With less than a week before the iPhone 7 unveiling, and potentially the death of the headphone jack, there are a few things that could potentially go wrong with the move.

Recent reports indicate Apple will be launching the iPhone 7 with Lightning EarPods, but, also include a 3.5mm to Lightning adapter in the box. This is flawed.

Not only is it morally incorrect, as having Lighting EarPods means you’d need an adapter to connect to anything that doesn’t have a Lightning port, thus requiring to purchase an adapter, but it also means the adapter included in the box cannot be used with the bundled EarPods.

If anything, it would make more sense for Apple to include the standard EarPods with a Lighting to 3.5mm adapter in the box. Though, neither of these options make any real sense.

As an audiophile, one would think removing the 3.5mm headphone jack from the iPhone upsets me. It doesn’t. I’m actually looking forward to the death of it because it’d mean we’re finally moving to a digital input for audio. Similar to the move from VGA/DVI to HDMI/DIsplayPort. While the 3.5/2.5/quarter-inch terminators have been around for centuries, it’s time to go digital.

With a digital connector such as Lightning, headphones are now able to build in a DAC (digital to audio converter) or amp (amplifier) into either the headphone or cable itself, rather than relying on the device. It would also open up the gate to equalization on the hardware level, and some Lightning headphones already do this.

On headphones such as the Audeze SINE, or Audeze EL-8 Titanium, you’re able to permanently modify how the headphones sound, regardless of the output device. For the general consumer, moving to a digital connector would mean no more batteries for your noise canceling headphones as it can just draw power from the phone.

Aside from some debatable audiophile features, this opens the gate to things we’re not even thinking about as consumers.

However, there are downsides to going digital, specifically Lightning. With the audio standards we have today, they work for all devices. Whether it’s an iPhone, Mac, PC, handheld gaming device, whatever, they all use the 3.5mm termination (some use 2.5, or 1/4-inch, but they’re still open standards).

Lightning is proprietary, which means all headphones made with Lightning must be approved and verified by Apple. That’s not bad in reality, as it creates a safer environment. However, this means any device you plug into also needs a Lightning port. As it stands right now, that’s limited to Apple devices and will likely stay that way for the foreseeable future.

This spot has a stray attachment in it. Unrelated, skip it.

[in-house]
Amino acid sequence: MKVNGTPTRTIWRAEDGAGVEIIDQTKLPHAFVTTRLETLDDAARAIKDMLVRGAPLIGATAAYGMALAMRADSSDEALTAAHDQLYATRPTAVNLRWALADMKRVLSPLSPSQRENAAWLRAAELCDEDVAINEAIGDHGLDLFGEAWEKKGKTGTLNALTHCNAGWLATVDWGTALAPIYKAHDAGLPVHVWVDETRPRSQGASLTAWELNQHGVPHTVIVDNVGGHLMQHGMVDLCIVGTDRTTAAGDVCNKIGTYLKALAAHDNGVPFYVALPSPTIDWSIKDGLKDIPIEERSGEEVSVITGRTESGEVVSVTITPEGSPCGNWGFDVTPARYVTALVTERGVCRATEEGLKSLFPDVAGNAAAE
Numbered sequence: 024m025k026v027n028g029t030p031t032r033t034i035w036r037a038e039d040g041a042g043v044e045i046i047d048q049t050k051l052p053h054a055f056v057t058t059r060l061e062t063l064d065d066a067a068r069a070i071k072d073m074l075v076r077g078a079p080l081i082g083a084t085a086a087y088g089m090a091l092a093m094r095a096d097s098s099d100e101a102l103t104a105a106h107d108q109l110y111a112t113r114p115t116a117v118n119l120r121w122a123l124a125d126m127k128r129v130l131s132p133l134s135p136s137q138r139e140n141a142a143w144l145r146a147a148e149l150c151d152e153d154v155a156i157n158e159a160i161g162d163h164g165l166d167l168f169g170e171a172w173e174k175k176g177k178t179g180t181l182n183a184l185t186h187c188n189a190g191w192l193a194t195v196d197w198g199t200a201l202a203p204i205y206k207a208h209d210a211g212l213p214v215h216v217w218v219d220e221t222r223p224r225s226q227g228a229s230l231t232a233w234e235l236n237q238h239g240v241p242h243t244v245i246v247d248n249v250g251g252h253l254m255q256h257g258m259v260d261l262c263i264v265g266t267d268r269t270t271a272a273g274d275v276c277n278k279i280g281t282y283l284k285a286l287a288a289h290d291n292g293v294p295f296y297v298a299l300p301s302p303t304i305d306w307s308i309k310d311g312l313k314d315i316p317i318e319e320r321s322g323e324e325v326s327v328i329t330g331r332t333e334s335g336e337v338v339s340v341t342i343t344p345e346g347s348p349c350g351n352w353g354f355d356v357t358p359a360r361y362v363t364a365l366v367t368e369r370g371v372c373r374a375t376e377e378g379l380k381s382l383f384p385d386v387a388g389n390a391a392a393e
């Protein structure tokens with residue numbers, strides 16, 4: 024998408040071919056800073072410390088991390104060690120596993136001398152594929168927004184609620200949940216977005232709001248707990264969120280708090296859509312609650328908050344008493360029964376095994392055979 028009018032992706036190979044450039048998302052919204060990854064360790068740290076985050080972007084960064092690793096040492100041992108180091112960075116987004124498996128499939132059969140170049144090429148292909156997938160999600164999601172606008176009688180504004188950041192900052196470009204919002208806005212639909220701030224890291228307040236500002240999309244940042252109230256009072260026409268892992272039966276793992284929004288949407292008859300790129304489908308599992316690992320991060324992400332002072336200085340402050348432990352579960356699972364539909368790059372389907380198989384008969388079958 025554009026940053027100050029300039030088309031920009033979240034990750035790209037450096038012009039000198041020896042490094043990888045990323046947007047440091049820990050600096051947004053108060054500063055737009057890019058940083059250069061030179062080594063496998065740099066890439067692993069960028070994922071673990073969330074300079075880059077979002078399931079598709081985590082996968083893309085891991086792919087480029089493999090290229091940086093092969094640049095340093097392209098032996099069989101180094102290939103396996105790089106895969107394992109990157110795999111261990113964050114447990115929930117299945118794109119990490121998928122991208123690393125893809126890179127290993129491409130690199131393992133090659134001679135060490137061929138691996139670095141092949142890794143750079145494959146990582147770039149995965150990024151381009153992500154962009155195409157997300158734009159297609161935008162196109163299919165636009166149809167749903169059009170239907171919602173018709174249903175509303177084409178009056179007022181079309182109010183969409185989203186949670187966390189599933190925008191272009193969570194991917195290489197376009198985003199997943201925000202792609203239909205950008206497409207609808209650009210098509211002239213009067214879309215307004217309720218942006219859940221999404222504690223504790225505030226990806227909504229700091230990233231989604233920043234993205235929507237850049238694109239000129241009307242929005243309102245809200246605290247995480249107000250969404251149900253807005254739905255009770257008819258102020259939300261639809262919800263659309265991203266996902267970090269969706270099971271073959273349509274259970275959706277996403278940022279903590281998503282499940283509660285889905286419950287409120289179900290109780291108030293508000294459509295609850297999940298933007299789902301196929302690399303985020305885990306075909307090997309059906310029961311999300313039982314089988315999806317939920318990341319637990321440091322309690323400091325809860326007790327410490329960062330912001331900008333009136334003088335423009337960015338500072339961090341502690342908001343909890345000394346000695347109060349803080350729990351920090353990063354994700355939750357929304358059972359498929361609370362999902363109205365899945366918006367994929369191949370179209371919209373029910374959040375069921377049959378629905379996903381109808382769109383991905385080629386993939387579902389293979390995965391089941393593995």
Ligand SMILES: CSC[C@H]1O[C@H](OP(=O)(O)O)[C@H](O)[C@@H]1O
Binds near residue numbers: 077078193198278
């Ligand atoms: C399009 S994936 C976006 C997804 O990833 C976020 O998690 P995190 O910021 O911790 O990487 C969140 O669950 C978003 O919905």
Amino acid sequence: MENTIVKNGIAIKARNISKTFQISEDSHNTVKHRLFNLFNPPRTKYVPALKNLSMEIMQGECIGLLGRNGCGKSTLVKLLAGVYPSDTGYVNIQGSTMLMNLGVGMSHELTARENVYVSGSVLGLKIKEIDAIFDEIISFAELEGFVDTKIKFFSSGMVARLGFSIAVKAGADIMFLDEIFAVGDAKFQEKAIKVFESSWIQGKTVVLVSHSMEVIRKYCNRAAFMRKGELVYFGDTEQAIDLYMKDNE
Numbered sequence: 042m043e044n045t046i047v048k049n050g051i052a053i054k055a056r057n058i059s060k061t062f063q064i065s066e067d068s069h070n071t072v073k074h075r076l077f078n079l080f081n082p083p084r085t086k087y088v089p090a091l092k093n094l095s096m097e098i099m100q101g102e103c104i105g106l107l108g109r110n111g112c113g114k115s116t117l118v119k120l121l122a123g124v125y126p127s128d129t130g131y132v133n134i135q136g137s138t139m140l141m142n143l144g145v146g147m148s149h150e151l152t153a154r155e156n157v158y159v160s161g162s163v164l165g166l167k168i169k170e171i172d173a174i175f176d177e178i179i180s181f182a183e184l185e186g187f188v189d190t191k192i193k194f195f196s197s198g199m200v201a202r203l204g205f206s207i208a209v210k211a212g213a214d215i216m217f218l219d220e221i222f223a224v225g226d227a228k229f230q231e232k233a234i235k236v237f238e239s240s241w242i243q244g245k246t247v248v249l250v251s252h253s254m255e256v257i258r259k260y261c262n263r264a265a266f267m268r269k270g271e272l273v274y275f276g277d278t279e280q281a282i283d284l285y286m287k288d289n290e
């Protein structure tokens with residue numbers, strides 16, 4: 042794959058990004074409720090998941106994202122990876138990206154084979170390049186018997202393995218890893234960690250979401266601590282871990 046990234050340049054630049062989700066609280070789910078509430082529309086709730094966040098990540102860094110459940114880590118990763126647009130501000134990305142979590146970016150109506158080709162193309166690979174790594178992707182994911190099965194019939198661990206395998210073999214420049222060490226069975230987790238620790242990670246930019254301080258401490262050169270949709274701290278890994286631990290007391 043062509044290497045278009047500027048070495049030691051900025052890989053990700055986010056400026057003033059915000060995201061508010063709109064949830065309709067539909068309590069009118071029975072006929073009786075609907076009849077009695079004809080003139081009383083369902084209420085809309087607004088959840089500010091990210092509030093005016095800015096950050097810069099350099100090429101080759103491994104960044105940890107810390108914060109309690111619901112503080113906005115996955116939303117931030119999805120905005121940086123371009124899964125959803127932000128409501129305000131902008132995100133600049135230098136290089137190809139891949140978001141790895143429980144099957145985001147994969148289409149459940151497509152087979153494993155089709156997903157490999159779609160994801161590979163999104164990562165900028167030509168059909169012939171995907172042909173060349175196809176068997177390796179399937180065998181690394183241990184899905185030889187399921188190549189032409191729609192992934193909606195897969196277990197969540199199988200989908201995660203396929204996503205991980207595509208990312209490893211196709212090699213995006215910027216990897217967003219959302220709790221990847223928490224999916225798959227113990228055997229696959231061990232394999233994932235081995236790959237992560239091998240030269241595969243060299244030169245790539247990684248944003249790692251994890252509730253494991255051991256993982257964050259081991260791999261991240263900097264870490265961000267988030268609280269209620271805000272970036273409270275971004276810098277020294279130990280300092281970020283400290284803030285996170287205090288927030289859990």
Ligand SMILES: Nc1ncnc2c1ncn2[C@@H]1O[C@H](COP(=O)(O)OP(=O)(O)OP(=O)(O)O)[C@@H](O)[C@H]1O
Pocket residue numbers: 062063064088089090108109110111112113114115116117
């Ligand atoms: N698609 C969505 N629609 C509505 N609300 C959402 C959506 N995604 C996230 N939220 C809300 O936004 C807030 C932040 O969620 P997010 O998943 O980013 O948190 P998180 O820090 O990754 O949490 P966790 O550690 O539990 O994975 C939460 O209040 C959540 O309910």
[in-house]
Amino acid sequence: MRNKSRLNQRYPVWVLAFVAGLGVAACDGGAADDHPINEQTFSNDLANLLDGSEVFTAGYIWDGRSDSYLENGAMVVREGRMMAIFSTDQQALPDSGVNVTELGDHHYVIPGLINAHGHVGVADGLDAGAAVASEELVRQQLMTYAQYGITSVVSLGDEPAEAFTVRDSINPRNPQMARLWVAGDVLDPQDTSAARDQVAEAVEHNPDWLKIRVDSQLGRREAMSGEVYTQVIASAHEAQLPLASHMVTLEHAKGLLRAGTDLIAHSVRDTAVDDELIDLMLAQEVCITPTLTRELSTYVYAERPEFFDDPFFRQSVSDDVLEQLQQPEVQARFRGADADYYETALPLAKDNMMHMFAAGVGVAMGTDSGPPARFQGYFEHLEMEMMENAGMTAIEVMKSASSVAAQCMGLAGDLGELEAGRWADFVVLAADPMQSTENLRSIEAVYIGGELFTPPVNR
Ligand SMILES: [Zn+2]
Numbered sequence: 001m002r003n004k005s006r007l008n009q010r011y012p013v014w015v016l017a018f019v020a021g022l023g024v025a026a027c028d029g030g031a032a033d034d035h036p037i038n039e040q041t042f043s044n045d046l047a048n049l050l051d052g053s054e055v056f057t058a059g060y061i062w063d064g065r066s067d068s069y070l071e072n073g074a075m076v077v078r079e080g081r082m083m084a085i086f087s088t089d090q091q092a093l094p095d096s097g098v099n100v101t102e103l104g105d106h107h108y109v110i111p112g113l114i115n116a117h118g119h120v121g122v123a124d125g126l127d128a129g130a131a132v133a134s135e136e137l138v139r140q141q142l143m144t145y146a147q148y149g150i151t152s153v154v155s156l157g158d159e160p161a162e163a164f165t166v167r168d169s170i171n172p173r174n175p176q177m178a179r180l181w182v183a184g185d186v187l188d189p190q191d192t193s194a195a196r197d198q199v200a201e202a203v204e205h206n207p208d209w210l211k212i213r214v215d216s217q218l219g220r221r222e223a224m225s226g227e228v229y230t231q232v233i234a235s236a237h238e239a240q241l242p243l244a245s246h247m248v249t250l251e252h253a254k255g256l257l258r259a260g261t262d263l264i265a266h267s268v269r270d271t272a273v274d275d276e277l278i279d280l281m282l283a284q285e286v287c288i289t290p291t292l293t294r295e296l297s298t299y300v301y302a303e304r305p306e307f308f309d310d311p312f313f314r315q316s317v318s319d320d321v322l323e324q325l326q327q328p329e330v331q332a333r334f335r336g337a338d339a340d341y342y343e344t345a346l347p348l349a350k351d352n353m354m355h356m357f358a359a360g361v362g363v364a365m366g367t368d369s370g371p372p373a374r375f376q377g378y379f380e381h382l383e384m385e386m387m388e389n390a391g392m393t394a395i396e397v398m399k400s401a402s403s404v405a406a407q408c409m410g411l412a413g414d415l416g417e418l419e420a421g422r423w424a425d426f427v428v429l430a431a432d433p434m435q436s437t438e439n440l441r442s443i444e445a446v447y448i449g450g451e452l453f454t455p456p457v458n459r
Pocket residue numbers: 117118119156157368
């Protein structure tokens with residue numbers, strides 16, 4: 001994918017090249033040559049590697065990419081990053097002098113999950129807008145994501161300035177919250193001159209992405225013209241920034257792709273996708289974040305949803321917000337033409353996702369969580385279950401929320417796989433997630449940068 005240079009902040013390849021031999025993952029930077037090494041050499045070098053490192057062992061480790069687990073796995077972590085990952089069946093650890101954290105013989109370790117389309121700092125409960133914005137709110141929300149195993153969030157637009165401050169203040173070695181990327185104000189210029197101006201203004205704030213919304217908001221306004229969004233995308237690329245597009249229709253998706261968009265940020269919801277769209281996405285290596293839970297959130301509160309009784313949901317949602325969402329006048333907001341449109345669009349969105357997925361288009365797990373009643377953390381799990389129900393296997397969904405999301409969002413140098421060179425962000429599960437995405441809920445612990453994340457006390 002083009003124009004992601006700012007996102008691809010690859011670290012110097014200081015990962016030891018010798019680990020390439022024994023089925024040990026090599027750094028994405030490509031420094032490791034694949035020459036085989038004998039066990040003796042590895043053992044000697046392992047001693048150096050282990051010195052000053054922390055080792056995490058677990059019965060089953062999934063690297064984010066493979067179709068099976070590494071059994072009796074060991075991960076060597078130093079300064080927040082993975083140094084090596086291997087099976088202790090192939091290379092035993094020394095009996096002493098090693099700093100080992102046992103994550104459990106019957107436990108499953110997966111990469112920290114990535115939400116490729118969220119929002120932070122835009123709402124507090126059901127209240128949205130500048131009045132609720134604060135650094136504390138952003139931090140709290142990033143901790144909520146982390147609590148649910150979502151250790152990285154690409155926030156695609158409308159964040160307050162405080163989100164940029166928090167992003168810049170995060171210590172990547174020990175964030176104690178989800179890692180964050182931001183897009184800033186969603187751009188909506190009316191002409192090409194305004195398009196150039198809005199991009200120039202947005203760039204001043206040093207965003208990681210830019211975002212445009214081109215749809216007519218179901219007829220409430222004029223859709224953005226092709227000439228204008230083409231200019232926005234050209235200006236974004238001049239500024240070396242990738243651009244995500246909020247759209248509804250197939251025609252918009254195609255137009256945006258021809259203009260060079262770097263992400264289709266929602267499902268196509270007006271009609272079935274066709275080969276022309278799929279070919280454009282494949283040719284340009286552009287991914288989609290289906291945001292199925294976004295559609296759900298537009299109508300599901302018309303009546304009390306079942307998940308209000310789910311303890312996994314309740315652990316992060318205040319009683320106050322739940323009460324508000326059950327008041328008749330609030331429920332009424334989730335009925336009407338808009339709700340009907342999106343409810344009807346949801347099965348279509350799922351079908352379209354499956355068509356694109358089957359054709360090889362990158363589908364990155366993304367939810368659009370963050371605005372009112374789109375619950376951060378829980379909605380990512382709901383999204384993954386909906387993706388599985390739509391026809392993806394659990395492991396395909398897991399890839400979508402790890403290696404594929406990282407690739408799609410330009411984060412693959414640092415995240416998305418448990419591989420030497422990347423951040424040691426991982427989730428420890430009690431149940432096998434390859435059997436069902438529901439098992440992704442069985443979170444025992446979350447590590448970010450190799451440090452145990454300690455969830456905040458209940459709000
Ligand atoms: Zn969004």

Of course, the compromise is to get adapters. As an owner of the 12-inch Retina MacBook, my rule is: replace the cable, don’t adapt. While that may hold true to USB-C as it’s an open standard, it wouldn’t make sense for Lightning. With Lightning, the only thing Apple wants you to do with it (currently) is to charge your devices.

With iPhone 7, they may want you to plug in headphones with the port. Unfortunately, it ends there. At the time of writing, there are already a plethora of adapters for Lightning (such as digital A/V, USB, and even Apple’s own 30-pin cable). So why can’t we replace those cables with Lightning instead of using an adapter? The issue is MFi certification.

Apple charges a fee to have Lighting accessories MFi certified. (MFi aka Made for iPhone, iPad, iPod, etc., is a program Apple runs that allow manufacturers to get their accessories tested to make sure they don’t cause problems.) Which is why MFi accessories are typically more expensive than non-MFi, or non-Lightning accessories.

Unless Apple opens up Lightning and makes it an open standard, this will go horribly wrong for Apple. Customers who paid hundreds of dollars for their headphones won’t buy a new pair just to get it to work with their existing headphones.

More than likely, those customers will just buy the adapter or switch away from iPhone entirely. Even Apple’s own Beats line of headphones still use 3.5mm terminators. Granted, they could just release a new line with Lightning terminations. The issue with that, and Marco Arment said it best, is that not all headphones are built the same.

Specifically, the end that connects to the headphone end, not the device end, come with a 2.5mm, most come with 3.5mm, some don’t have a detachable cable so the cable is built into the headphone. The argument, ‘replace the cable, don’t adapt’ would be nearly impossible here. For example, I currently own a pair of headphones: the Sennheiser HD600.

They use a custom terminator on the headphone end of the cable that no other manufacturer uses, but have 3.5mm on the other end to plug into most devices. A more popular headphone, the Audio Technica ATH-M50x has a 2.5mm terminator on the headphone end, but also has a locking mechanism. That alone, area already two cables customers need to buy if they’d like to ‘replace the cable.’ Again, it doesn’t work in anyone’s favor but Apple’s. They sell the adapters, and certify third-party adapters at a price.

If Apple goes this route, it’ll be unfortunate for those of us who own multiple pairs of headphones with individual cables for each. Manufacturers will lose because they’ll need to engineer a new cable or include an adapter that needs to be certified by Apple, regardless.

The only customers who truly win are those who only own and use iOS devices, but that’s the minority of the iPhone population. Personally, I’d be okay with an adapter, but that doesn’t mean it’s okay. Switching to USB-C on iOS devices on the other hand… that’s not a bad idea.

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